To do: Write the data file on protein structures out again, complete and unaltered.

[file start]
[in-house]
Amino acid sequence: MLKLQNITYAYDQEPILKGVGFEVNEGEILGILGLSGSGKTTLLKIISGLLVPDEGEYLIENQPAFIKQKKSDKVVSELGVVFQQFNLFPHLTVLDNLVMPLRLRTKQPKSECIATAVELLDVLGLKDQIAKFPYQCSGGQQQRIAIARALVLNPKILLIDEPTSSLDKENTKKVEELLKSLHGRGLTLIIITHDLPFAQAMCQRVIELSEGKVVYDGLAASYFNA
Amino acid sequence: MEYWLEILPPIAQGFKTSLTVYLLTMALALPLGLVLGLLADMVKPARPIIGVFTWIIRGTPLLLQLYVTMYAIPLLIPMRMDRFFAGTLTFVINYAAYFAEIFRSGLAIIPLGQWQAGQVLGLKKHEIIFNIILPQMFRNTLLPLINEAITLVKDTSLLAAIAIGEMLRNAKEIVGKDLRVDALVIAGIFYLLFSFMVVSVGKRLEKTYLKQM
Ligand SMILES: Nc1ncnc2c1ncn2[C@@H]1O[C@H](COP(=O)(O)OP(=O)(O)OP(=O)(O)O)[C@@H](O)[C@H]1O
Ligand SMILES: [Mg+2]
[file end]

[in-house]
Amino acid sequence: MLKLQNITYAYDQEPILKGVGFEVNEGEILGILGLSGSGKTTLLKIISGLLVPDEGEYLIENQPAFIKQKKSDKVVSELGVVFQQFNLFPHLTVLDNLVMPLRLRTKQPKSECIATAVELLDVLGLKDQIAKFPYQCSGGQQQRIAIARALVLNPKILLIDEPTSSLDKENTKKVEELLKSLHGRGLTLIIITHDLPFAQAMCQRVIELSEGKVVYDGLAASYFNA
Amino acid sequence: MEYWLEILPPIAQGFKTSLTVYLLTMALALPLGLVLGLLADMVKPARPIIGVFTWIIRGTPLLLQLYVTMYAIPLLIPMRMDRFFAGTLTFVINYAAYFAEIFRSGLAIIPLGQWQAGQVLGLKKHEIIFNIILPQMFRNTLLPLINEAITLVKDTSLLAAIAIGEMLRNAKEIVGKDLRVDALVIAGIFYLLFSFMVVSVGKRLEKTYLKQM
Ligand SMILES: Nc1ncnc2c1ncn2[C@@H]1O[C@H](COP(=O)(O)OP(=O)(O)OP(=O)(O)O)[C@@H](O)[C@H]1O
Ligand SMILES: [Mg+2]